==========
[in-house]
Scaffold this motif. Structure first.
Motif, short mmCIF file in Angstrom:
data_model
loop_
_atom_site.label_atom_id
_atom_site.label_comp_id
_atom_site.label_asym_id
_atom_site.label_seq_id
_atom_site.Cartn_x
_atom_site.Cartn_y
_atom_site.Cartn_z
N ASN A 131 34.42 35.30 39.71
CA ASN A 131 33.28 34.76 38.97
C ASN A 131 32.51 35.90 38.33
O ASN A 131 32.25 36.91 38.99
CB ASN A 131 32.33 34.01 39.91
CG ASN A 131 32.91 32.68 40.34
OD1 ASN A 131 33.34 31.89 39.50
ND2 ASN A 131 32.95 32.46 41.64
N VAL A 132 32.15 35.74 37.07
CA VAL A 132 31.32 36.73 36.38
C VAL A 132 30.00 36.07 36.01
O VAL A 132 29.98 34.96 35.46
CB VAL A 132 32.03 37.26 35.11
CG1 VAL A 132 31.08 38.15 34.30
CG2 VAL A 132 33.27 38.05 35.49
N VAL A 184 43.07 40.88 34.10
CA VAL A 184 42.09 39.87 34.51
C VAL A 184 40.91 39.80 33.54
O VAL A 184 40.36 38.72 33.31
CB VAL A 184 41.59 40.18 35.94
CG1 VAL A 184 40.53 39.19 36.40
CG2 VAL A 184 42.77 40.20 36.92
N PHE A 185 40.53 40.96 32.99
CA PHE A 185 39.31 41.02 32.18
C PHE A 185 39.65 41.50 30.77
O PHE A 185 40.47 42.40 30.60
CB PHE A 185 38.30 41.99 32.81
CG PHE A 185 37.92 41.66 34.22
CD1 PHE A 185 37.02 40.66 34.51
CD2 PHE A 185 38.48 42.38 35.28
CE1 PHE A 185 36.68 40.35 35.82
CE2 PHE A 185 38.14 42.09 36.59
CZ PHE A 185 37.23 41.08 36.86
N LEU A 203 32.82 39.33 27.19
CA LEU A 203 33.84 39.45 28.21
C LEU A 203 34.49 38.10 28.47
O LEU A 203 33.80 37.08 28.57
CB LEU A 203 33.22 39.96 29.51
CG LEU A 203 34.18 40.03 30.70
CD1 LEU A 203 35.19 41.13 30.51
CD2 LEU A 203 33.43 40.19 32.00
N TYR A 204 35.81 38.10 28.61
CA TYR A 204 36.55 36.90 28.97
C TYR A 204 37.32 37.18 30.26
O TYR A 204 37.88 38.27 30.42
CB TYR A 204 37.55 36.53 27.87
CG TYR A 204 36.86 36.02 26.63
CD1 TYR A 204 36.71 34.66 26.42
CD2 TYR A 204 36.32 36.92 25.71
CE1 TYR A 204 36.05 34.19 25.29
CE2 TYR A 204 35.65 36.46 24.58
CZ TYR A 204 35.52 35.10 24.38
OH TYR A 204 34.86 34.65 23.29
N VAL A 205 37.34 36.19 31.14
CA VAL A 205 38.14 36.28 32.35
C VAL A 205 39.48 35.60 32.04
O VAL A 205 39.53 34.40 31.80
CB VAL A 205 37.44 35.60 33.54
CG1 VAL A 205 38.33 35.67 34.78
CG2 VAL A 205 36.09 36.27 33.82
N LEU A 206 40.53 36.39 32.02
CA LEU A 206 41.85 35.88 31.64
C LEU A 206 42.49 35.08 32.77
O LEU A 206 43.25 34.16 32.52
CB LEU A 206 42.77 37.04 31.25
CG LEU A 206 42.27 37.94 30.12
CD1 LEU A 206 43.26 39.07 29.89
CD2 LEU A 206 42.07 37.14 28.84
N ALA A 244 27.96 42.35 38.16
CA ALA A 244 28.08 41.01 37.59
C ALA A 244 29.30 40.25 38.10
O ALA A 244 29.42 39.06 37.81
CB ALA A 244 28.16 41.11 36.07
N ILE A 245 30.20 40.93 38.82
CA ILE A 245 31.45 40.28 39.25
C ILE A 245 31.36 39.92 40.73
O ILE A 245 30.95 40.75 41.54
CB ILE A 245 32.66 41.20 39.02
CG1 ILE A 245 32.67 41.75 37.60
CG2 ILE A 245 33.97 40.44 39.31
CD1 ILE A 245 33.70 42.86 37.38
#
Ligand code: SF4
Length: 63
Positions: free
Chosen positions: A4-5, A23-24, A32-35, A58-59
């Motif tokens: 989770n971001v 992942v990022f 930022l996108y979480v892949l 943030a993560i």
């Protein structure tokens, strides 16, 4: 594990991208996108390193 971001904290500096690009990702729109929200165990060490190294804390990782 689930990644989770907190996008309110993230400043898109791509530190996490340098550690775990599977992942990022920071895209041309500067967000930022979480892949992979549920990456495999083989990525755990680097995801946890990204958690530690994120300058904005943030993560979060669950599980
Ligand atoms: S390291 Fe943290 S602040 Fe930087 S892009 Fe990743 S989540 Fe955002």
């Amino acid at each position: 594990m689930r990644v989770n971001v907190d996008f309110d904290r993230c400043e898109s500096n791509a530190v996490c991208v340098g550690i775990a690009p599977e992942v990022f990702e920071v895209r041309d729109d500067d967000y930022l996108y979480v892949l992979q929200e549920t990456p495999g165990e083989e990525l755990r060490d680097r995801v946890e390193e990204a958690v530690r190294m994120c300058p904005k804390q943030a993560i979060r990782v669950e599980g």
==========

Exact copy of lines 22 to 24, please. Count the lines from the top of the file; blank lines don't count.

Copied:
CA VAL A 132 31.32 36.73 36.38
C VAL A 132 30.00 36.07 36.01
O VAL A 132 29.98 34.96 35.46